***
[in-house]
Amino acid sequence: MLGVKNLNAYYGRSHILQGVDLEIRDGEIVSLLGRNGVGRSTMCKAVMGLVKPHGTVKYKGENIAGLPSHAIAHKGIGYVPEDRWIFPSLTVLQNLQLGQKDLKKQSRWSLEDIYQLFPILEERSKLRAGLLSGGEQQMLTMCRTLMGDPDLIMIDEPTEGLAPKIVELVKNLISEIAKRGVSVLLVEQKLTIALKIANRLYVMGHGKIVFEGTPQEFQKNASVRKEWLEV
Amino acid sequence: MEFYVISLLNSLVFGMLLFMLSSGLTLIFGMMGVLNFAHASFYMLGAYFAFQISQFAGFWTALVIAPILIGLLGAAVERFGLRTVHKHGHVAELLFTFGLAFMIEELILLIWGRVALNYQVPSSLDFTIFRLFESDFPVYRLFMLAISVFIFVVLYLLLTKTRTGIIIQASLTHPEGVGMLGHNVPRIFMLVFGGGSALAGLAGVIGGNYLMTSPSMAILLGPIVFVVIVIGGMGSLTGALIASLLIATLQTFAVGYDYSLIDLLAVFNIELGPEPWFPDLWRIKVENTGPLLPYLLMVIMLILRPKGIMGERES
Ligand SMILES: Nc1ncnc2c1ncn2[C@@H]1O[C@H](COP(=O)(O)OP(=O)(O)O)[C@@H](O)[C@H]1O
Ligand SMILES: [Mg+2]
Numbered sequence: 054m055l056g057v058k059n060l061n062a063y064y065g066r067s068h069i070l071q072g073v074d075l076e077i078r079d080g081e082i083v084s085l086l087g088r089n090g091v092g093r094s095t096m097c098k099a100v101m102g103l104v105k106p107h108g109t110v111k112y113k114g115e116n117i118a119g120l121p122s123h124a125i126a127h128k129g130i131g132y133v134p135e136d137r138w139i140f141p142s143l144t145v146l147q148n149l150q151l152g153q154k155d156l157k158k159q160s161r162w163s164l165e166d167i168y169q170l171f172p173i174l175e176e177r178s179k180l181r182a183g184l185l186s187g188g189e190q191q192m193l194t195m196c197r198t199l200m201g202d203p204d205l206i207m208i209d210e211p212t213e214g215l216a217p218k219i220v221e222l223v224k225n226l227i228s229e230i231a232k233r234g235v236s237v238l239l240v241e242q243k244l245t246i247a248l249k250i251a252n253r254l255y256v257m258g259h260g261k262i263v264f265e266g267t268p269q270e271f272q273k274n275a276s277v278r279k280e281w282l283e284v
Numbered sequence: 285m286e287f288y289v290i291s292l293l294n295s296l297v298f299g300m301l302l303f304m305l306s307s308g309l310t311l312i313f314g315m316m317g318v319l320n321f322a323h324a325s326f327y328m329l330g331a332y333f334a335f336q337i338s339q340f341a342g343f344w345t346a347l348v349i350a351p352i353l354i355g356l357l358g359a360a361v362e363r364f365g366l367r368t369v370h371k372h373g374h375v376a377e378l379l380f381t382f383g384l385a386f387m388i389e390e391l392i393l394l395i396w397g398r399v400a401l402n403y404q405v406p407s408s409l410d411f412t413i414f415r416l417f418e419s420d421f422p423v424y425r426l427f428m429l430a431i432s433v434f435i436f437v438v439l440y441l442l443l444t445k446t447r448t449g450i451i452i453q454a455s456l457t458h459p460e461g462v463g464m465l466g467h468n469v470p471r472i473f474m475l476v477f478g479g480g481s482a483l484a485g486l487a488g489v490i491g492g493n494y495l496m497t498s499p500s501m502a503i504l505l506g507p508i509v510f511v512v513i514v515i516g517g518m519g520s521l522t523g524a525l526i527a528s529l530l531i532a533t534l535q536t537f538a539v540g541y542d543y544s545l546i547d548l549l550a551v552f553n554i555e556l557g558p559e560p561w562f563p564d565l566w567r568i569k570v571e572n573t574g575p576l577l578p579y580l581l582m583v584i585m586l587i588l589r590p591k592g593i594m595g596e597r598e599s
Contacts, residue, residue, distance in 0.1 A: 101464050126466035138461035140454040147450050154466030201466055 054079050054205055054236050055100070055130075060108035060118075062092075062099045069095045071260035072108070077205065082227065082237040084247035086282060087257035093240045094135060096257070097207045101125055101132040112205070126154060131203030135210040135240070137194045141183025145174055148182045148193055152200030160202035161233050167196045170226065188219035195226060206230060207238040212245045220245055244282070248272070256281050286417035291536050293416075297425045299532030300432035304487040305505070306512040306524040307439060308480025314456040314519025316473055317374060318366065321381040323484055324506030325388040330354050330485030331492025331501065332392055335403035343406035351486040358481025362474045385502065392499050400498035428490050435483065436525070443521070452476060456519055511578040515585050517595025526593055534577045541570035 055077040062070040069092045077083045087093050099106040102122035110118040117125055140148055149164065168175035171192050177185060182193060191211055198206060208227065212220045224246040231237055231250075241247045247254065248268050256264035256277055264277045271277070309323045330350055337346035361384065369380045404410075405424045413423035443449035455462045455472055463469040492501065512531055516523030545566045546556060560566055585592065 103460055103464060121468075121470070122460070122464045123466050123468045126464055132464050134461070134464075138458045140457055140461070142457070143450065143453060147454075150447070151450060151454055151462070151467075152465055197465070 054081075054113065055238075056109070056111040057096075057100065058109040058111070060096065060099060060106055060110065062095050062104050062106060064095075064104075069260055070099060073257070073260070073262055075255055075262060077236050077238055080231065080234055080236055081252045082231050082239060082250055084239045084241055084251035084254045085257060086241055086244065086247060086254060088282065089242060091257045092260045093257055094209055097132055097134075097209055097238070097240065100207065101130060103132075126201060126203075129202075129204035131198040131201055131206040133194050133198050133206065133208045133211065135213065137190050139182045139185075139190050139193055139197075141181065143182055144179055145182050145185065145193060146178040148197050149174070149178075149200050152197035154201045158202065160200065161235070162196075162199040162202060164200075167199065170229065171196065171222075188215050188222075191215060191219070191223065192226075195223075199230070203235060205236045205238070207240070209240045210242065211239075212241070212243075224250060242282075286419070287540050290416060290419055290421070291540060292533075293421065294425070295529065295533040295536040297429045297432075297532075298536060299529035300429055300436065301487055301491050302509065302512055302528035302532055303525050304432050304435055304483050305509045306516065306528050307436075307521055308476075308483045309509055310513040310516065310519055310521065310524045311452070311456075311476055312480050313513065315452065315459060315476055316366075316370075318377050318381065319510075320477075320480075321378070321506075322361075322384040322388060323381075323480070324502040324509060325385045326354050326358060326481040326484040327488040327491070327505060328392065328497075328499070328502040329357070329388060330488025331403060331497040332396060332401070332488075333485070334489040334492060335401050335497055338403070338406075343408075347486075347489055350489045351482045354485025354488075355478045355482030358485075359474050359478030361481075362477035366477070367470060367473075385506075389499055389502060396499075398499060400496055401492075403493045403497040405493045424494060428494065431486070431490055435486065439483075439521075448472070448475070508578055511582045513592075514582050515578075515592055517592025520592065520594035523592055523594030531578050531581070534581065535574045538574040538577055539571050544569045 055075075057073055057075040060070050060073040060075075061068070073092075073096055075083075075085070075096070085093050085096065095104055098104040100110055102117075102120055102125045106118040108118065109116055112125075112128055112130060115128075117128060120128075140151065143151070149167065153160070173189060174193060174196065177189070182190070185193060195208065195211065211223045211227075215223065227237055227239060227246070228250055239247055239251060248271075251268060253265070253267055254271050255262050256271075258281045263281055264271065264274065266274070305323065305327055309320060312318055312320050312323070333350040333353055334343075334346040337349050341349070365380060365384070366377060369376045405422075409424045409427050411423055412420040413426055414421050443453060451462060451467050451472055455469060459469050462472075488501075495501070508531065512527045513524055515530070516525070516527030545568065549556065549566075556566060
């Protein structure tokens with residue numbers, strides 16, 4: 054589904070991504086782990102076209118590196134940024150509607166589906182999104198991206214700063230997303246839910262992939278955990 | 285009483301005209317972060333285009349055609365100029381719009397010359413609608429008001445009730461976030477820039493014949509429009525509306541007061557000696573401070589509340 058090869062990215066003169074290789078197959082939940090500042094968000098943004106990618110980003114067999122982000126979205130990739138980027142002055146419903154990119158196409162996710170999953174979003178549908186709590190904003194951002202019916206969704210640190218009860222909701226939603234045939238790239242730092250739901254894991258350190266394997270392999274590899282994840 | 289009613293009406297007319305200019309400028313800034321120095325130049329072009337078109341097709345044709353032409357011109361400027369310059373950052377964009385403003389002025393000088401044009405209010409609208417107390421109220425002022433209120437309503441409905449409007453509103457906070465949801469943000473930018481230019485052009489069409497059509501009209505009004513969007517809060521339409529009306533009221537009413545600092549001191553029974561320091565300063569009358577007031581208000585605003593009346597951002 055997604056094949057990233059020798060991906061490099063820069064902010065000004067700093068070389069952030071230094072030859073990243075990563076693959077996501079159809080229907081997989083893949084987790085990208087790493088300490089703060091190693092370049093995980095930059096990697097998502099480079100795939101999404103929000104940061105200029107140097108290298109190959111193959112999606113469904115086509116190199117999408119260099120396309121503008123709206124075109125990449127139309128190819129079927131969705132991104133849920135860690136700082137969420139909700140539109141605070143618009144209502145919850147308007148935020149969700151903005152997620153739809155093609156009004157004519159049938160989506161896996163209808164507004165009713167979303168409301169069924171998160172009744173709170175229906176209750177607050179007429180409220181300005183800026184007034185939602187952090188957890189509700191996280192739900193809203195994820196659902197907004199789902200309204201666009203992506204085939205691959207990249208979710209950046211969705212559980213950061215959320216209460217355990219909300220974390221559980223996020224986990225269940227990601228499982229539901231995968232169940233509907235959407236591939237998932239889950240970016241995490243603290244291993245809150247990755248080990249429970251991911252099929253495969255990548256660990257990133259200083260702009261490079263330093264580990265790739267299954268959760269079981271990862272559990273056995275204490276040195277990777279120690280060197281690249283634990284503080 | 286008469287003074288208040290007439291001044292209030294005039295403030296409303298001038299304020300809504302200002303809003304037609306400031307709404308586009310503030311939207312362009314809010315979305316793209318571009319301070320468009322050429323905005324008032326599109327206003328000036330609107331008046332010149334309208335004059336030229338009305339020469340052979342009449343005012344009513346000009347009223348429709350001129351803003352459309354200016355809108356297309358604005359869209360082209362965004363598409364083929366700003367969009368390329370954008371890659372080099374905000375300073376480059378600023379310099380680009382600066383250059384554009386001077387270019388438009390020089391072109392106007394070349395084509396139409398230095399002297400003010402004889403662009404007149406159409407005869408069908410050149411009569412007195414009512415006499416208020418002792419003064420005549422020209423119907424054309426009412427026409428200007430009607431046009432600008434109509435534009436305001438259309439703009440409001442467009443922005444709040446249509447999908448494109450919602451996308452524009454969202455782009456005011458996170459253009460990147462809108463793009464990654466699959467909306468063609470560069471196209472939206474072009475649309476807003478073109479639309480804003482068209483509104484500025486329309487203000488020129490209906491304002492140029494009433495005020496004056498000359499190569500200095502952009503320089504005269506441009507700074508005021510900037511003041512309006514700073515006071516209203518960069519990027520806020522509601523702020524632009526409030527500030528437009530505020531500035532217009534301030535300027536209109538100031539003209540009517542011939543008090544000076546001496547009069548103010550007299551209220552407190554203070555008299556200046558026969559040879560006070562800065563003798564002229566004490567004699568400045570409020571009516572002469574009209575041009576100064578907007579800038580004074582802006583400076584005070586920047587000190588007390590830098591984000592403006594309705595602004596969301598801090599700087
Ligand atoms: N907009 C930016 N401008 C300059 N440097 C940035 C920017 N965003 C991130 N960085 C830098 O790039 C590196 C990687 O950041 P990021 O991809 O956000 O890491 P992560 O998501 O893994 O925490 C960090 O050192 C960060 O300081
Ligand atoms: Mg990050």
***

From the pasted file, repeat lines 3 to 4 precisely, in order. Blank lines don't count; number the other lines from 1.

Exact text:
Amino acid sequence: MEFYVISLLNSLVFGMLLFMLSSGLTLIFGMMGVLNFAHASFYMLGAYFAFQISQFAGFWTALVIAPILIGLLGAAVERFGLRTVHKHGHVAELLFTFGLAFMIEELILLIWGRVALNYQVPSSLDFTIFRLFESDFPVYRLFMLAISVFIFVVLYLLLTKTRTGIIIQASLTHPEGVGMLGHNVPRIFMLVFGGGSALAGLAGVIGGNYLMTSPSMAILLGPIVFVVIVIGGMGSLTGALIASLLIATLQTFAVGYDYSLIDLLAVFNIELGPEPWFPDLWRIKVENTGPLLPYLLMVIMLILRPKGIMGERES
Ligand SMILES: Nc1ncnc2c1ncn2[C@@H]1O[C@H](COP(=O)(O)OP(=O)(O)O)[C@@H](O)[C@H]1O